Dulcimer guided as before, the album wraps every atom and synapse in a shifting expanse of sonic revelation. Opening track Quoth Azalea, The Demon (Rhododendoom II) laps at the ear like forceful waves, resonating squalls taunting and exploring the senses whilst disparaging whispers permeate the atmosphere. It is impossible to make out the lyrics on the track such the serpentine lilt and distorted breath they offer but it is a stirring texture to the melodramatic and provocative sound to make it all a deeper experience. The percussion is startling and spots the thick mass surrounding them perfectly whilst the rhythms fluctuate from inciteful to mere barbed guides.

It is an immense start continued just as impressively by Deathcap and elevated by the likes of Ganoderma Lucidum and Vriesea. The first of the trio is a decayed caress which consumes and sucks up all light and hope borne thoughts whilst the middle piece takes one through a sonic blistering brought with sharp acidic invention. It is a journey soaked in an intense ominous weight of sound, its passage a slow and lumbering event which with every twist and distraction of sinister melodies and irritant percussion is a mesmeric intrigue with destruction on its hands.

The last of the three steals attention with military precise drums and a droning ambience before stoking the embers of psychedelic/progressive fires, it provocation encouraging them to flame and scorch the bewildered atmosphere. It is glorious and as with all tracks, at times a challenge in its persistence and acute delving through the senses, a song to bask in and surrender to.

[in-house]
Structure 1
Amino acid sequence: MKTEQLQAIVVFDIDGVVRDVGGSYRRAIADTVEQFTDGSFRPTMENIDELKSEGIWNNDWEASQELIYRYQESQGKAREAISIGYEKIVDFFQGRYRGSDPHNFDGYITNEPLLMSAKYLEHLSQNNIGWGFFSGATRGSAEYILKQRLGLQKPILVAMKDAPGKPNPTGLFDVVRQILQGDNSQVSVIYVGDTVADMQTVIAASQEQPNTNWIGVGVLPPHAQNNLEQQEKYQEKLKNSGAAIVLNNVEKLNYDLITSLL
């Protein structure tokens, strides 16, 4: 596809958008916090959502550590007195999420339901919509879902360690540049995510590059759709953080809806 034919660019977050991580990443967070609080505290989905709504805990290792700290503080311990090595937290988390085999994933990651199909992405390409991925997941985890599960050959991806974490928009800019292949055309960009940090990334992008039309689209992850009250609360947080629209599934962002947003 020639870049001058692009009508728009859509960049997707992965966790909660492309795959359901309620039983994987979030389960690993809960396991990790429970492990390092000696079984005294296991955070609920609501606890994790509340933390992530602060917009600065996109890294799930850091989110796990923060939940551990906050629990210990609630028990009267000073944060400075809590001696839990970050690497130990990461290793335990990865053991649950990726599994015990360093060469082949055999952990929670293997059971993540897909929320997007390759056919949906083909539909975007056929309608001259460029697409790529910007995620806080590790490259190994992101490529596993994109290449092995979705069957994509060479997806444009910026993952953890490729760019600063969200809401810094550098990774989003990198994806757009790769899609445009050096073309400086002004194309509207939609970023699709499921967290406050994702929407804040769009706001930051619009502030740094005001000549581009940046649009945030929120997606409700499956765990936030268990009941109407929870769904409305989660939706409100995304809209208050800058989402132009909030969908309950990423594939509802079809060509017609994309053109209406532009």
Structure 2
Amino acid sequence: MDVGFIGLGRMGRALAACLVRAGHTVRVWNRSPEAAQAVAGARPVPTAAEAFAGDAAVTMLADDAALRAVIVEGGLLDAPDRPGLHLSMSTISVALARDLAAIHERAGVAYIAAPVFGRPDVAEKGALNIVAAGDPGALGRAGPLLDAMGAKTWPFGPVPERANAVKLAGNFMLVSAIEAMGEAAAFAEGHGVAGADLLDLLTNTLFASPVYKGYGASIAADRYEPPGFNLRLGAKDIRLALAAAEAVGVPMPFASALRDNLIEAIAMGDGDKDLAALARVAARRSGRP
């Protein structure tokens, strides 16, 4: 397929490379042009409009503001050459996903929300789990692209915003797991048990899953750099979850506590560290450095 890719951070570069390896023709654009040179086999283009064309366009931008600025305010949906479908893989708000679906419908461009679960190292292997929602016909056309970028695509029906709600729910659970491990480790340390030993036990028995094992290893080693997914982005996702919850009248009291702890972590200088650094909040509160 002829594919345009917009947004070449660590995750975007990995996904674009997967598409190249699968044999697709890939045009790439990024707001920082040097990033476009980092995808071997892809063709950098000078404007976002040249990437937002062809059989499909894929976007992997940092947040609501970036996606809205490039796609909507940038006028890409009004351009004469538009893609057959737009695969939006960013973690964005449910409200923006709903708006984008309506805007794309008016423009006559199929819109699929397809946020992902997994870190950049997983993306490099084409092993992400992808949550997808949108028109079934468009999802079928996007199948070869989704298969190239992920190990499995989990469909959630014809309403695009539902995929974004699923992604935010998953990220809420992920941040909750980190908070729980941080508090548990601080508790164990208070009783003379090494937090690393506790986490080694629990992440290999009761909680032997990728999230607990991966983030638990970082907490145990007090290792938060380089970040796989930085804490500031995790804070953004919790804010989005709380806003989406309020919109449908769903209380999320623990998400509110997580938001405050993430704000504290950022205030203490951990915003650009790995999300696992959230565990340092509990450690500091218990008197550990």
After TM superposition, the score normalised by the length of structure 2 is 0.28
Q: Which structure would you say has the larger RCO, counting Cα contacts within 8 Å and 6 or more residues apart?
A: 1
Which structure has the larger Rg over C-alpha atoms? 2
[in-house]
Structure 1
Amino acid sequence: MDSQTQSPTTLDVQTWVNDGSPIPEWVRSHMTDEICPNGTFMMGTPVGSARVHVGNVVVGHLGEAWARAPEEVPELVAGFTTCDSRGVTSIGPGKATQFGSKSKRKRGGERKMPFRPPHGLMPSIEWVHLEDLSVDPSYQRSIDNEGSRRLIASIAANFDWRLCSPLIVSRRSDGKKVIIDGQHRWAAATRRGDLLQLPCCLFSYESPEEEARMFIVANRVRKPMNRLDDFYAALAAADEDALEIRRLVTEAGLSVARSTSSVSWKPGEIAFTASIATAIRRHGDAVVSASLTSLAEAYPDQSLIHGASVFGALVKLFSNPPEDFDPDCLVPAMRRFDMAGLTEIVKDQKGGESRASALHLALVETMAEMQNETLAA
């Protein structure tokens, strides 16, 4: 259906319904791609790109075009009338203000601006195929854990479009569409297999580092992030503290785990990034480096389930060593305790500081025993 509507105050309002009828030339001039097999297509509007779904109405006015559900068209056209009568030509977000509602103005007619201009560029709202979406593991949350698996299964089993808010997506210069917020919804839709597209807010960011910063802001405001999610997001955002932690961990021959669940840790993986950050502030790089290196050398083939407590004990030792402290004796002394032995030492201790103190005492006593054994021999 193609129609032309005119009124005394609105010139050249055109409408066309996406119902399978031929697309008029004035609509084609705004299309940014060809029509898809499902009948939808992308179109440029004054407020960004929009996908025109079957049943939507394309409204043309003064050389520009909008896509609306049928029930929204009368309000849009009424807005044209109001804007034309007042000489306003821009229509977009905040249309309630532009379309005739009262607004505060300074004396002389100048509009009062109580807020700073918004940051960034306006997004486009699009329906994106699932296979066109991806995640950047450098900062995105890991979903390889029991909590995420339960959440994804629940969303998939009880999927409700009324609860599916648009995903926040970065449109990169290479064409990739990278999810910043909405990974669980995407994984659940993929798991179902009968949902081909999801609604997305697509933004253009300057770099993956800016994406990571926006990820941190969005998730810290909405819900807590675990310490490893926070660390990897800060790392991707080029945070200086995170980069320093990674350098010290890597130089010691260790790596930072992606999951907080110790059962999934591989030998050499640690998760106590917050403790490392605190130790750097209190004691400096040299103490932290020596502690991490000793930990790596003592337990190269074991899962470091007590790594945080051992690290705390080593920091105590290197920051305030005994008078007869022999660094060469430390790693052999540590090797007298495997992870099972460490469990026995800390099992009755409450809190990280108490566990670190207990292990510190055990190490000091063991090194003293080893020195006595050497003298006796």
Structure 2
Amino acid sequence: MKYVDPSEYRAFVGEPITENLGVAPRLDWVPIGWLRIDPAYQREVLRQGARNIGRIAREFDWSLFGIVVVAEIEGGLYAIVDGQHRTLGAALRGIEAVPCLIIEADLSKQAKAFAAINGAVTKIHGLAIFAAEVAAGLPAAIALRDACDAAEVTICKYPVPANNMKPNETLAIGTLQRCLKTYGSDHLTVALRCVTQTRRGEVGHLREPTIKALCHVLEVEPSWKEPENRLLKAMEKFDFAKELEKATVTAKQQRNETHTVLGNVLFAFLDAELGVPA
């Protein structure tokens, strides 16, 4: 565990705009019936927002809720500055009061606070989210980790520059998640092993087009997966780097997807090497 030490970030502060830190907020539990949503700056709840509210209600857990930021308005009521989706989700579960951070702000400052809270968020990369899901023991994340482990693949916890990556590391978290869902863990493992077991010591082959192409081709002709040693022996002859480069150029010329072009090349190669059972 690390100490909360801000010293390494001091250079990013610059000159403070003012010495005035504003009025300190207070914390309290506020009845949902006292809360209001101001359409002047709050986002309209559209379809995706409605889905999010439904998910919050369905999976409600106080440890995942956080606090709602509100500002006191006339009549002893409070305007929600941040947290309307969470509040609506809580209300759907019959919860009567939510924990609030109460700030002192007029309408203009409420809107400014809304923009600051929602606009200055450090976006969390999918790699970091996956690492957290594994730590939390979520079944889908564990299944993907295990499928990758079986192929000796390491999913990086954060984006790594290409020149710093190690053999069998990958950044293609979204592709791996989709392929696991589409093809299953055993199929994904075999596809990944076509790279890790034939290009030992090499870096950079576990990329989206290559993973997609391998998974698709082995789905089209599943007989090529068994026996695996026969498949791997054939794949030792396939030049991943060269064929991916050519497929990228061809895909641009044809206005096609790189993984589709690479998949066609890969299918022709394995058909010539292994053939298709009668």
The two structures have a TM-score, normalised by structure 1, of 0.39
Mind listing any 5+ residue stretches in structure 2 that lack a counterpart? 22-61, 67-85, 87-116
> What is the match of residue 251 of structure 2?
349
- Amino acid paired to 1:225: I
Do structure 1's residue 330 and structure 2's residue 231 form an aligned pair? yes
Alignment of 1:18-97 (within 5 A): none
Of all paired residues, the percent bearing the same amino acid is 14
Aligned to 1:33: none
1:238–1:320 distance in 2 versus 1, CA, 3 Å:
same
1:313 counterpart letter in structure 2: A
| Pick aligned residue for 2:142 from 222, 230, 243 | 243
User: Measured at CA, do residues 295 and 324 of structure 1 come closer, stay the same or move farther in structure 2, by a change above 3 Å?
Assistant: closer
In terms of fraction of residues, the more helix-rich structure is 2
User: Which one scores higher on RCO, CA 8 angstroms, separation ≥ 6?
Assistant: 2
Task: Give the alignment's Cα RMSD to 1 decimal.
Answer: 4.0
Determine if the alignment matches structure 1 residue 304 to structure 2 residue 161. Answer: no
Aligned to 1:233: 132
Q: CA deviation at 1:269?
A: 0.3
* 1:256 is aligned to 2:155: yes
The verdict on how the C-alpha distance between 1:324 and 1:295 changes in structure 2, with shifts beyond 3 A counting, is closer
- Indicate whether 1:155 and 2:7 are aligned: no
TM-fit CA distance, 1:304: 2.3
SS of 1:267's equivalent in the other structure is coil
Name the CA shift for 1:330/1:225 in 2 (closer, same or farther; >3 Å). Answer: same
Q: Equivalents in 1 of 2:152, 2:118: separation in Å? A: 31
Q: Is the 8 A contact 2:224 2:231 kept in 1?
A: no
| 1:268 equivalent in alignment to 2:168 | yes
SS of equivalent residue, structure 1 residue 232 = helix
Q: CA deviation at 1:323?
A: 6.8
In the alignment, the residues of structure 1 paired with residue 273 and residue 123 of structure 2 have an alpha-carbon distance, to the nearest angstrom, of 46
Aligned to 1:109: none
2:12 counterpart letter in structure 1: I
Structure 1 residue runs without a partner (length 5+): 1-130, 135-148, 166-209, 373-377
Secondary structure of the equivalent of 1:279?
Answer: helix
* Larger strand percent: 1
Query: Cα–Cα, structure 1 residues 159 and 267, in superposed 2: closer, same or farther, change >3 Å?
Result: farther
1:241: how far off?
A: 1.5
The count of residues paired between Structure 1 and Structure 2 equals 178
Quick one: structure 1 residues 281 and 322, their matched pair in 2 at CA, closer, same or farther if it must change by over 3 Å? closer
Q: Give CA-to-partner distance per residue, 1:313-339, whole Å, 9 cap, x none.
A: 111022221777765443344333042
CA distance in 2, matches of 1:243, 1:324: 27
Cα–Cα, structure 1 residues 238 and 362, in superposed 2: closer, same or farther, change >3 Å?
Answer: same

Highlight of the album is Amatina Virosa, another barrage of drum enticement leading the way into resourceful and imaginative magnificence. It stirs up the passions and energy, its anthemic drive and distraught vocal assault a corrosion to devour greedily. The remaining songs which sandwich this song, Ocimum Sanctum and Panax are massive funereal dirges which transfix and transport one into the darkest discomforts and sapping realms though both have spears of melodic light to scar the way.